Next, there’s the fallacy of the General Rule. The fallacy of the General Rule is a logical fallacy wherein someone assumes that something in general is true in all possible cases. A standard example is the claim that “all chairs have four legs”. But clearly rocking chairs have either no legs or two legs, depending on the design, and there are plenty of modern chair designs with three legs, and not a few bar stools that are essentially held up on a single pole. In the case of ID, the assumption is that complexity implies design and since biological objects are complex they must be designed. The thing is though, not all designed things – well, human designed things – are complex. Consider toothpicks, paper clips, floss, and Popsicle sticks as but a few examples. These objects are never used in teleological arguments for obvious reasons. And while it’s certainly possible that a toothpick could come about through natural processes, we know a human-designed toothpick when we see it and not because of the harmonious workings of its complex parts. No, it’s because of two things: man-made toothpicks have tell-tale evidence of being manufactured and they exist in greater collected numbers than nature could reasonably produce.

Another issue with ID that is related to the fallacy of the General Rule noted above is that it relies upon a false dichotomy. A false dichotomy is a logical fallacy wherein someone argues that some condition has only two alternatives when in fact there are more. An example would be someone who insists that the only alternative to driving a car is walking when clearly bicycles, skateboards, pogo sticks, and air travel all exist. In the case of ID, even if one were to agree that most, if not all, living organisms are too complex to have come about through evolutionary processes, it’s questionable at best whether a designer (and specifically God) is the only alternative. There are abundant natural processes that lead to complex organized structures (think snowflakes, tree rings, and the Giant’s Causeway). And even if we grant a necessitated designer, since there’s no way to assess or know anything about the supposed designer inferred by ID, the designer could very well be invisible pink unicorns or aliens. The bottom line is that it’s a rather large (and unrealistic) stretch to assume the only way to get biological complexity is either evolution or God.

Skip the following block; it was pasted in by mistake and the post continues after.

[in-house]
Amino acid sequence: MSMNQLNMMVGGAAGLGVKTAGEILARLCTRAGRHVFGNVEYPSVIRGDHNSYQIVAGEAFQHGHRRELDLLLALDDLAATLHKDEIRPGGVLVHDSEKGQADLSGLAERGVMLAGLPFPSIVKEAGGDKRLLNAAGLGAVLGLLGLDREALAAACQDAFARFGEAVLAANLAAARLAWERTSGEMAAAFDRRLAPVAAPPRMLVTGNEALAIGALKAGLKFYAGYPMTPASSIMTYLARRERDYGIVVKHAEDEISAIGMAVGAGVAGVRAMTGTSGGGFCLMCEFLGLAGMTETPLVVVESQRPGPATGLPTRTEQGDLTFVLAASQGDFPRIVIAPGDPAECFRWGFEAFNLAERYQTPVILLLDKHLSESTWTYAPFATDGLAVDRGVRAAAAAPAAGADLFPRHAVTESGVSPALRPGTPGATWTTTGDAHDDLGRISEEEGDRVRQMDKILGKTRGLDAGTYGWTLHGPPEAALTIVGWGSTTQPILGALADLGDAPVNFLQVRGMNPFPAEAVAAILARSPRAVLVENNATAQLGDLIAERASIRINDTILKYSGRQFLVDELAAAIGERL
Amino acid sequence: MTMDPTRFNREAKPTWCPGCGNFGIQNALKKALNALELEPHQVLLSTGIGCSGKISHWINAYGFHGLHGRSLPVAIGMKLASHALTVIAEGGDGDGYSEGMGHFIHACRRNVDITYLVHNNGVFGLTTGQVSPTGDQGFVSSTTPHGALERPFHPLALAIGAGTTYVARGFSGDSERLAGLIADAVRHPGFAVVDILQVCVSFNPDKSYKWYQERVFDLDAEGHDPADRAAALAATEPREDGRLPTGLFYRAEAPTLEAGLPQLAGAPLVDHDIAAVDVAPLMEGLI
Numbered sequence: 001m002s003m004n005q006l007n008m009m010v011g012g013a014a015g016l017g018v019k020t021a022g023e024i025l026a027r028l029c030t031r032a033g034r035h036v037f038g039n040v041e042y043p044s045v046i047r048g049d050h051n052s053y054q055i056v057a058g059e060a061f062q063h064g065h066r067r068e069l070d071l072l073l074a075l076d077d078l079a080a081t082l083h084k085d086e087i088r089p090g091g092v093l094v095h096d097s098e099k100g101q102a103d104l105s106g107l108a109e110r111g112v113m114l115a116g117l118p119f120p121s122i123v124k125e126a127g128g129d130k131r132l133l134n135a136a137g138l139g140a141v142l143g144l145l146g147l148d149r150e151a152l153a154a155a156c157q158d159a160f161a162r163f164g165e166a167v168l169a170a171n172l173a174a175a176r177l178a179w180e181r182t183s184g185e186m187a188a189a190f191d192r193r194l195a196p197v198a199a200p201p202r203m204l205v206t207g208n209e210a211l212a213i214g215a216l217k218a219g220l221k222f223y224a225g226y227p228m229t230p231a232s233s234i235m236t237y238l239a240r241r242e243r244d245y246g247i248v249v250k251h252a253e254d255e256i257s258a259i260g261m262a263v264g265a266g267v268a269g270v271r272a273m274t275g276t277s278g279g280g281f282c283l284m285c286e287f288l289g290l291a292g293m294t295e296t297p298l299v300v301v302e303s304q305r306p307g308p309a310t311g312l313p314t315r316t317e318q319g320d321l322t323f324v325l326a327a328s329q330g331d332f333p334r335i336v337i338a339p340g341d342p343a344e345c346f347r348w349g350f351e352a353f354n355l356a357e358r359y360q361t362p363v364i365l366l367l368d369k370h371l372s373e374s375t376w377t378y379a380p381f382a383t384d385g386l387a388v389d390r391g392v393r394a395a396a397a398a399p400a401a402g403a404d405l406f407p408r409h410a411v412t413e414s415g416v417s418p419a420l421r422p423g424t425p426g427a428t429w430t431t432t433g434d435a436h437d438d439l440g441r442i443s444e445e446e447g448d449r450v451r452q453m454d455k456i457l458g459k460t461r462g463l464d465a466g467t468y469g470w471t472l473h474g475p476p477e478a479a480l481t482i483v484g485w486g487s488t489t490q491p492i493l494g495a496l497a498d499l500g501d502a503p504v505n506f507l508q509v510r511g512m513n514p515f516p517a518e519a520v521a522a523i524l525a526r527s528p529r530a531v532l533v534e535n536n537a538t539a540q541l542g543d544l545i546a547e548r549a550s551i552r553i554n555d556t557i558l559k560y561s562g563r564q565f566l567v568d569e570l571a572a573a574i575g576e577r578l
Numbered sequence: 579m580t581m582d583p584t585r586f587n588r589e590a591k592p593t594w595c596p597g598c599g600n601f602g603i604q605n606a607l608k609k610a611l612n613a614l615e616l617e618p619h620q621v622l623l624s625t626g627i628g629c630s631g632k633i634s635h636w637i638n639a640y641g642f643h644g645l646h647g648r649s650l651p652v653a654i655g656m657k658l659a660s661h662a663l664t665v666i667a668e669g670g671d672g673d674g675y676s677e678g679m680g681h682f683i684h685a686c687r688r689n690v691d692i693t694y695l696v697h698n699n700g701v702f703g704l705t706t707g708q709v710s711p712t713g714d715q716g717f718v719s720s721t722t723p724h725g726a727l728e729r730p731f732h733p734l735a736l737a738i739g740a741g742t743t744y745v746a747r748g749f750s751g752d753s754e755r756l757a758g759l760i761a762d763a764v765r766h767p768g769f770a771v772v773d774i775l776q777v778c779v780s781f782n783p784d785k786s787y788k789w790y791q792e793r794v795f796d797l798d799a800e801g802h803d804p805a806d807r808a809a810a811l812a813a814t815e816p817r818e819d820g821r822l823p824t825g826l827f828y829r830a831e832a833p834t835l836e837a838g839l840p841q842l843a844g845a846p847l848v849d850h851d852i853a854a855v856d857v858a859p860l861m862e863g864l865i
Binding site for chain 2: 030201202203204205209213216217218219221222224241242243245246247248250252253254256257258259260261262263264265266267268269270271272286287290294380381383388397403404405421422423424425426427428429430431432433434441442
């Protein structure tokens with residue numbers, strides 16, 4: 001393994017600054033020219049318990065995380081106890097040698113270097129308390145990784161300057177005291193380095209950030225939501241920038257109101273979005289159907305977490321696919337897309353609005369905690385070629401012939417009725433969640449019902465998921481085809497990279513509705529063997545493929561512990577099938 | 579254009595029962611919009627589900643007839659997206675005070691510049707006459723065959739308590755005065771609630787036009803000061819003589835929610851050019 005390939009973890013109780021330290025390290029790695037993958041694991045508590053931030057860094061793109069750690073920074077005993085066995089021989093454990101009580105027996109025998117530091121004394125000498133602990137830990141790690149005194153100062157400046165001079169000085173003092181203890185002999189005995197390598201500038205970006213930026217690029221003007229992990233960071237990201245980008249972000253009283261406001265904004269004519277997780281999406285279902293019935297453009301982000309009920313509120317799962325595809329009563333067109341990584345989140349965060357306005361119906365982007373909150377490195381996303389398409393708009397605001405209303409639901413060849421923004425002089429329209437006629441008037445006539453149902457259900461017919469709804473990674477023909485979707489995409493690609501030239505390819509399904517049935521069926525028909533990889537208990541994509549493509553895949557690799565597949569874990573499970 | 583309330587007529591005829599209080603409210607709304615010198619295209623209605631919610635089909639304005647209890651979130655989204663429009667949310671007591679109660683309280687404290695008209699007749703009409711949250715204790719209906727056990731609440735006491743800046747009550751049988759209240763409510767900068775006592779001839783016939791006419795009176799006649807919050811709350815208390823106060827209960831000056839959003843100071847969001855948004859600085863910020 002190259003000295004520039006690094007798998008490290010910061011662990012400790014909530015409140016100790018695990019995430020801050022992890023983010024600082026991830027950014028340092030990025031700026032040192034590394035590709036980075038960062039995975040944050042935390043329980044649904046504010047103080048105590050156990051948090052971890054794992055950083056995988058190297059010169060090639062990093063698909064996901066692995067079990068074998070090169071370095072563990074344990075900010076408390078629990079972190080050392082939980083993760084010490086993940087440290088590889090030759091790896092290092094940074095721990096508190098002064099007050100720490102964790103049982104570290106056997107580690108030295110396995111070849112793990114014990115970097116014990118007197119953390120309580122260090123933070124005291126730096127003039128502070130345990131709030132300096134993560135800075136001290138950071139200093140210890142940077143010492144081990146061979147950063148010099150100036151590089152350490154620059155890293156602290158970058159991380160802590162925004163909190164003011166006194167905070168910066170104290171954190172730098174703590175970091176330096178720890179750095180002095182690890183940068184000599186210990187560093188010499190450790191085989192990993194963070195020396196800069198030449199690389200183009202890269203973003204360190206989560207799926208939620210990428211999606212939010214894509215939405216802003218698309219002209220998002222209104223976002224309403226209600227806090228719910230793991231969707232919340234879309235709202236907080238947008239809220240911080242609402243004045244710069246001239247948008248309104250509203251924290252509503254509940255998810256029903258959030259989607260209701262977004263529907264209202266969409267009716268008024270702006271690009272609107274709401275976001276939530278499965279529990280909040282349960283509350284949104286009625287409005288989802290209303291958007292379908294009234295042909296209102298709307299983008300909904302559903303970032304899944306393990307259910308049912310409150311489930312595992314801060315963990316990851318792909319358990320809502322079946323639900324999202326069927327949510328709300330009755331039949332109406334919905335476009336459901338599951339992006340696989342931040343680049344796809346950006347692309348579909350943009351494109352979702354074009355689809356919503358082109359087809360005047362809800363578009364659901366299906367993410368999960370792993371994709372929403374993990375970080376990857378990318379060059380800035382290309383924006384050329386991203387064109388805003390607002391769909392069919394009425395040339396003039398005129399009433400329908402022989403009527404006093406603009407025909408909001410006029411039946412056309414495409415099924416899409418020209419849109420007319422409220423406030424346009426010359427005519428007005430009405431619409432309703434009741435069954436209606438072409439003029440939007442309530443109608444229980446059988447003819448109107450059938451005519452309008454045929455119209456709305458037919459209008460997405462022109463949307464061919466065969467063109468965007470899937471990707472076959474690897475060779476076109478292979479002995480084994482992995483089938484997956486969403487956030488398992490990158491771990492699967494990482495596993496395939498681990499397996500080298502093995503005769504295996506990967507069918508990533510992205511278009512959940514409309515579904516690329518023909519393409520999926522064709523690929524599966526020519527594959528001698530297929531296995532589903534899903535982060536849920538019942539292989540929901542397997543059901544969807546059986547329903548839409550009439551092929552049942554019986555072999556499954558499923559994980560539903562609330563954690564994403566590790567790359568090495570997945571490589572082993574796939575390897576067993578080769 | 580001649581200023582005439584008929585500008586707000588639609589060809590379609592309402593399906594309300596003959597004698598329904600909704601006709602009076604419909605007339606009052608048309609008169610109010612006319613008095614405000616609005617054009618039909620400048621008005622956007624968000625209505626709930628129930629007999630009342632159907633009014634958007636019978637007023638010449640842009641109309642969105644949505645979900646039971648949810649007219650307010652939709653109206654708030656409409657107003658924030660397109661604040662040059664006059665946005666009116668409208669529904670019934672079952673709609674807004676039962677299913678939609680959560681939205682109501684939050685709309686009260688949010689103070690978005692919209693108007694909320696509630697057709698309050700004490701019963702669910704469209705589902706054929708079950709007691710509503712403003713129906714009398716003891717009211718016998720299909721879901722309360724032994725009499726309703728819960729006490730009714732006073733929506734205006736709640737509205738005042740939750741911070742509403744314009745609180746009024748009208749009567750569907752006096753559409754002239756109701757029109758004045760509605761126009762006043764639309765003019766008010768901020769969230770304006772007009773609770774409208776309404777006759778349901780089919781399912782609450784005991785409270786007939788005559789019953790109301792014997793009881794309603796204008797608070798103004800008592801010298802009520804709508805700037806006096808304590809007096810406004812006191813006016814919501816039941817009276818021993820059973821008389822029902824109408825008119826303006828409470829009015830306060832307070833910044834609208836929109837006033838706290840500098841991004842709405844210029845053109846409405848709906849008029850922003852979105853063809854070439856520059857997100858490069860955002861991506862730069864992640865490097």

Lastly, as noted above, we don’t infer design from complexity so much as we infer design from indications of manufacturing. This, for me, the primary failure of all forms of teleological arguments for the existence of God and ID in particular.  Designs are a very specific form of plan and planning. We make designs (usually written and drawn) to help us visualize how various components and processes will interact and work in a given environment in order to (hopefully) highlight problems and issues before we actually manufacture the object of design. So the truth is that looking at an object tells one very little about the actual activity that went into designing that object. And while looking at an object can indicate something about whether the object was designed, it’s really the indications that the object was manufactured through some tool use process that provides that inference. Manufacturing leaves evidence; design does not.

I’ve never found the ID arguments for the design of biological organisms all that compelling for a number of reasons. The dubious math, the fallacious arguments, the disingenuous bait and switch to Christian apologetics, and so forth. But even beyond that, there was something about the objects in nature – organisms themselves – that just don’t seem designed to me. There is something different about them compared to man-made objects, but I was not able to put my finger on what I felt the difference was. And then it hit me one night: replaceable parts.

All man-made objects – every single one – are either designed specifically to be replaced or have components that are designed specifically to be replaced. Why? Because tool users and manufacturers learn really quick that tools and/or certain parts of tools wear out. So as designers, we anticipate the need for maintenance.

No such anticipation or planning for maintenance can be found in nature. None. If something breaks in an organism, either that organism learns to live without it or it dies. Or, in the case of humans, that part gets replaced by human designed or human configured replacements (as in my case). But even in the later case, humans have to create a work-around, because biological parts actual resist being replaced. You can’t just replace human parts with other human parts willy-nilly. In most cases, the new parts just won’t work, or worse, they’ll be rejected by the body’s immune system. But of particular note, there’s no surplus of replacement parts anywhere; no storage unit somewhere with a bunch of eyes or hearts or toes or hair or kidneys or…anything. Not even bark or leaves or antennae or scales. Nothing.

Of course, this makes perfect sense given evolution and other similar natural processes. It makes no sense if there were an actual designer, particularly an omni-god Designer, behind it all.

601 thoughts on “The Blind Watch Dropper